Saturday, January 16, 2010

new construction

Let me give you a piece of advice (and I speak from experience): If you’ve suffered a romantic disappointment, or if you woke up with a nagging sense that love isn’t all it’s cracked up to be, do not that very day go see South Pacific at Lincoln Center Theater, in which Paulo Szot’s gorgeous, compelling baritone first overwhelms you with the promise of romance (“Some Enchanted Evening”), then destroys you with the pain of lost love (“This Nearly Was Mine”), before you’re completely undone with a last-minute true-love happy ending (orchestra goes mad, music crashes over you, stage goes black — oof). I staggered out of the theater into a bitterly cold Sunday afternoon and felt about as far from a tropical happy ending as is possible.

My romantic disappointment this time around was a minor one, on paper, yet somehow felt crushing. The only loss, really, was of the castle in the air that I’d built in mere moments, out of nothing but a few thrilling moments and promising “signs” and lots and lots of daydreaming.

“You’re letting your imagination run away with you,” my mother always said to me when I was a child. And it’s true: I did feel that once my imagination got started, I had no control over it. If it wanted to freak me out with thoughts of disaster and danger, off it would go, heedless of my growing terror and quickly working me up into quite a state, where a slow creak or a shifting shadow in our old house would make me nearly implode with panic.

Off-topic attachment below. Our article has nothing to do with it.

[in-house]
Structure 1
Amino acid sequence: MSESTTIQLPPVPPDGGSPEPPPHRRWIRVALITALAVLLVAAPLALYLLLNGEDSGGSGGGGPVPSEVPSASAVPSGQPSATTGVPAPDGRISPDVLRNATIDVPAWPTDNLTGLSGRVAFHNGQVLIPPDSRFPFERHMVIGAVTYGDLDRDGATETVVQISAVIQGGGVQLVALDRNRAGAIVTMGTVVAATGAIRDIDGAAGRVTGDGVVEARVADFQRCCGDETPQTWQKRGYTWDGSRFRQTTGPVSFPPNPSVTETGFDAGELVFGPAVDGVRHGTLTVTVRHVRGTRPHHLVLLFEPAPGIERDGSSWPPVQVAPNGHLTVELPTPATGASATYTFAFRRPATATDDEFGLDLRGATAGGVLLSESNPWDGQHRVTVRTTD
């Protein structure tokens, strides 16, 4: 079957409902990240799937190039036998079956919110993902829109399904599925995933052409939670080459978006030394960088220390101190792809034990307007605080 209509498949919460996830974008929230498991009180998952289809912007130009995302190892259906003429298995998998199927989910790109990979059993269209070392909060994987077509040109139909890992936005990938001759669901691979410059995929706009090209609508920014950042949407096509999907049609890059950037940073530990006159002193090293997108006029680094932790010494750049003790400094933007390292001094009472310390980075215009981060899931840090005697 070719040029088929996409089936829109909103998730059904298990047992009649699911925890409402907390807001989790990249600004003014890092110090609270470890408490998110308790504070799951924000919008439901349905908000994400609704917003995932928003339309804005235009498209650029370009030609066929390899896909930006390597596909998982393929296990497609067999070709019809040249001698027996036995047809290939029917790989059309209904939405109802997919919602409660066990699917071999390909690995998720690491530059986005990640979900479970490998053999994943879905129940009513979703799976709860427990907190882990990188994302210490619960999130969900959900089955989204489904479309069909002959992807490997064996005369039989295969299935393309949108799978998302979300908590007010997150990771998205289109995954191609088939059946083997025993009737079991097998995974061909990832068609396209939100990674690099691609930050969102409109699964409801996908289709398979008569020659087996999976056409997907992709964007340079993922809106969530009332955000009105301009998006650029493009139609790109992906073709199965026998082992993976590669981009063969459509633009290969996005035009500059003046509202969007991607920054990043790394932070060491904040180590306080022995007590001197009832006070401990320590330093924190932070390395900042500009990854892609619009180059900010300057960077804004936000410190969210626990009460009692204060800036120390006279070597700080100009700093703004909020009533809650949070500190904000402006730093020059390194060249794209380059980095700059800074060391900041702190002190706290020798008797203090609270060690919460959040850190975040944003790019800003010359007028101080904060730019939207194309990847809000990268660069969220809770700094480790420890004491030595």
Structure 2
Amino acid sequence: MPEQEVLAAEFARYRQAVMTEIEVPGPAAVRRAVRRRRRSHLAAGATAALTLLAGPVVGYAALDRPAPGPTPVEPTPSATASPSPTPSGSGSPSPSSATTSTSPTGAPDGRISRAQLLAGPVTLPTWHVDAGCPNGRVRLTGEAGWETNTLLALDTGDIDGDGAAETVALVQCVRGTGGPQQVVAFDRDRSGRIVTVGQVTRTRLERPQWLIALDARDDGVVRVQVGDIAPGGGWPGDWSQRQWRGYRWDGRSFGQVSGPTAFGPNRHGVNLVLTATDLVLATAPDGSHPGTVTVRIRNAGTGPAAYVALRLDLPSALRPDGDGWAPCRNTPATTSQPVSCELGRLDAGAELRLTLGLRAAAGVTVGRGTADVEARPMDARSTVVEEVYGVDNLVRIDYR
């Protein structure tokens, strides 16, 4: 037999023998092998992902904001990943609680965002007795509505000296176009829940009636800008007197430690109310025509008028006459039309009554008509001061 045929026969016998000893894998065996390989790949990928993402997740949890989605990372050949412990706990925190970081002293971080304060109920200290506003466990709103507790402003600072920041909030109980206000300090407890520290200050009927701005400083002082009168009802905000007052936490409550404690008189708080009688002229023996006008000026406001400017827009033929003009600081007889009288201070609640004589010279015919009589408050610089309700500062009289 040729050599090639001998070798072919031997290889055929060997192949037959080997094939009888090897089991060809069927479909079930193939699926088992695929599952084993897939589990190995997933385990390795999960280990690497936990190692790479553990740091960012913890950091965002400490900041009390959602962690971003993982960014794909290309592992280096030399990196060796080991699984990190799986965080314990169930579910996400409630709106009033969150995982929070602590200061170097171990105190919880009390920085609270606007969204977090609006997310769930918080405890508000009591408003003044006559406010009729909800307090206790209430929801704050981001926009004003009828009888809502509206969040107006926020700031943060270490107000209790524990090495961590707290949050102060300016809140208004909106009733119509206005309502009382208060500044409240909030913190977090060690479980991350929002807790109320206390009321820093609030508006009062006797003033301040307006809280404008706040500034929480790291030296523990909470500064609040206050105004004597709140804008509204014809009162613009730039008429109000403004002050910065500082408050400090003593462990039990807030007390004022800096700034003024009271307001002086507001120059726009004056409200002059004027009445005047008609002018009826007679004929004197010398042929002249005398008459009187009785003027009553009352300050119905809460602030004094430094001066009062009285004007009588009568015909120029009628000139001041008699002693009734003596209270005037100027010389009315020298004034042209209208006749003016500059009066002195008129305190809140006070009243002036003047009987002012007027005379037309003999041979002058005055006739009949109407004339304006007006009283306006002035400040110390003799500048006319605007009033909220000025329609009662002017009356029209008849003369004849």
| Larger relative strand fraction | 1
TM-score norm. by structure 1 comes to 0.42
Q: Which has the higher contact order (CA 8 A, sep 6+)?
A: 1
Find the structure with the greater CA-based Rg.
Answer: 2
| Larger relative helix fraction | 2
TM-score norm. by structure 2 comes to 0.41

That imagination still causes me plenty of trouble. I may not have to check under the bed at night, or fret about something dropping down onto me from a tree in the dark, but give me a little material and I can build a lovely 3D vision of the future—or rather, a future—that is so lovely and captivating that I can find it rather crushing to come back to earth and return to my real—and much more prosaic—life.

There’s nothing like romance for derailing my ongoing attempts to try to follow the Buddhist advice of living more in the moment. Perhaps this is because romance, bottom line, is all about anticipation of the happy future, about projecting into an imagined bliss. Not matter how enjoyable the romance might be in and of itself, the thrill comes from dreaming of what may come, from hoping that what’s happening now is a promise of what we want to happen later.